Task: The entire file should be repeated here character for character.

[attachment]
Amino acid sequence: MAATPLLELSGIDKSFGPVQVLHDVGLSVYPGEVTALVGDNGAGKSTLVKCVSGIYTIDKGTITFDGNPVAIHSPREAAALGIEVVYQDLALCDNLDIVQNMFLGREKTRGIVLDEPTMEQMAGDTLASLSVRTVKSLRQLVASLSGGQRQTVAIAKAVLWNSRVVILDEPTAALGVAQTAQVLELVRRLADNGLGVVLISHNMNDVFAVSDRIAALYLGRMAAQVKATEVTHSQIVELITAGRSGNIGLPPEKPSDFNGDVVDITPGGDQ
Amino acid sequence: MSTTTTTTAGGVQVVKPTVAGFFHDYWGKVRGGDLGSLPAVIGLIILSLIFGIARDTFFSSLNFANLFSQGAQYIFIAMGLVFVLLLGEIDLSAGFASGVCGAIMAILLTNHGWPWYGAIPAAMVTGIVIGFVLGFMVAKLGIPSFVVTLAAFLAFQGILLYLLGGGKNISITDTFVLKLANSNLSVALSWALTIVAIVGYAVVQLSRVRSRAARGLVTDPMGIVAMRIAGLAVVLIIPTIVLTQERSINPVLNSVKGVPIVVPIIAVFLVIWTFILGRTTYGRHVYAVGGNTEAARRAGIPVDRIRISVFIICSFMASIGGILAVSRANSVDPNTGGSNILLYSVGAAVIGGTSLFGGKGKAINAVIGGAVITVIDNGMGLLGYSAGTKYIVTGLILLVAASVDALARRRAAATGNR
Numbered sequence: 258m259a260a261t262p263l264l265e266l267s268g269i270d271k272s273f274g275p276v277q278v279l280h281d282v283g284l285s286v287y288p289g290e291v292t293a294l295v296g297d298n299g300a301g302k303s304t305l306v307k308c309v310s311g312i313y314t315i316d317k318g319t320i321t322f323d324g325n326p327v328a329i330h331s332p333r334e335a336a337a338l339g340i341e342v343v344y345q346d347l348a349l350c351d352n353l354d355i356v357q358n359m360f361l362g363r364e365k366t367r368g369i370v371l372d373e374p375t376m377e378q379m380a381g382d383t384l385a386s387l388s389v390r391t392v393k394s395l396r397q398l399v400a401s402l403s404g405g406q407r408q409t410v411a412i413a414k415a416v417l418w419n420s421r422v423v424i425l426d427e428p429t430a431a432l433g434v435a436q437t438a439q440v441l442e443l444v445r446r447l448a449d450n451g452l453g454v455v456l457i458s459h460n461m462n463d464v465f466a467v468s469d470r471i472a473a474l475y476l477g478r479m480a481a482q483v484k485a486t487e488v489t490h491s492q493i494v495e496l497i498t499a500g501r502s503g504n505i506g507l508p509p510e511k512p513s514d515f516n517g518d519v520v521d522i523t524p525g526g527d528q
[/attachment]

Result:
Amino acid sequence: MAATPLLELSGIDKSFGPVQVLHDVGLSVYPGEVTALVGDNGAGKSTLVKCVSGIYTIDKGTITFDGNPVAIHSPREAAALGIEVVYQDLALCDNLDIVQNMFLGREKTRGIVLDEPTMEQMAGDTLASLSVRTVKSLRQLVASLSGGQRQTVAIAKAVLWNSRVVILDEPTAALGVAQTAQVLELVRRLADNGLGVVLISHNMNDVFAVSDRIAALYLGRMAAQVKATEVTHSQIVELITAGRSGNIGLPPEKPSDFNGDVVDITPGGDQ
Amino acid sequence: MSTTTTTTAGGVQVVKPTVAGFFHDYWGKVRGGDLGSLPAVIGLIILSLIFGIARDTFFSSLNFANLFSQGAQYIFIAMGLVFVLLLGEIDLSAGFASGVCGAIMAILLTNHGWPWYGAIPAAMVTGIVIGFVLGFMVAKLGIPSFVVTLAAFLAFQGILLYLLGGGKNISITDTFVLKLANSNLSVALSWALTIVAIVGYAVVQLSRVRSRAARGLVTDPMGIVAMRIAGLAVVLIIPTIVLTQERSINPVLNSVKGVPIVVPIIAVFLVIWTFILGRTTYGRHVYAVGGNTEAARRAGIPVDRIRISVFIICSFMASIGGILAVSRANSVDPNTGGSNILLYSVGAAVIGGTSLFGGKGKAINAVIGGAVITVIDNGMGLLGYSAGTKYIVTGLILLVAASVDALARRRAAATGNR
Numbered sequence: 258m259a260a261t262p263l264l265e266l267s268g269i270d271k272s273f274g275p276v277q278v279l280h281d282v283g284l285s286v287y288p289g290e291v292t293a294l295v296g297d298n299g300a301g302k303s304t305l306v307k308c309v310s311g312i313y314t315i316d317k318g319t320i321t322f323d324g325n326p327v328a329i330h331s332p333r334e335a336a337a338l339g340i341e342v343v344y345q346d347l348a349l350c351d352n353l354d355i356v357q358n359m360f361l362g363r364e365k366t367r368g369i370v371l372d373e374p375t376m377e378q379m380a381g382d383t384l385a386s387l388s389v390r391t392v393k394s395l396r397q398l399v400a401s402l403s404g405g406q407r408q409t410v411a412i413a414k415a416v417l418w419n420s421r422v423v424i425l426d427e428p429t430a431a432l433g434v435a436q437t438a439q440v441l442e443l444v445r446r447l448a449d450n451g452l453g454v455v456l457i458s459h460n461m462n463d464v465f466a467v468s469d470r471i472a473a474l475y476l477g478r479m480a481a482q483v484k485a486t487e488v489t490h491s492q493i494v495e496l497i498t499a500g501r502s503g504n505i506g507l508p509p510e511k512p513s514d515f516n517g518d519v520v521d522i523t524p525g526g527d528q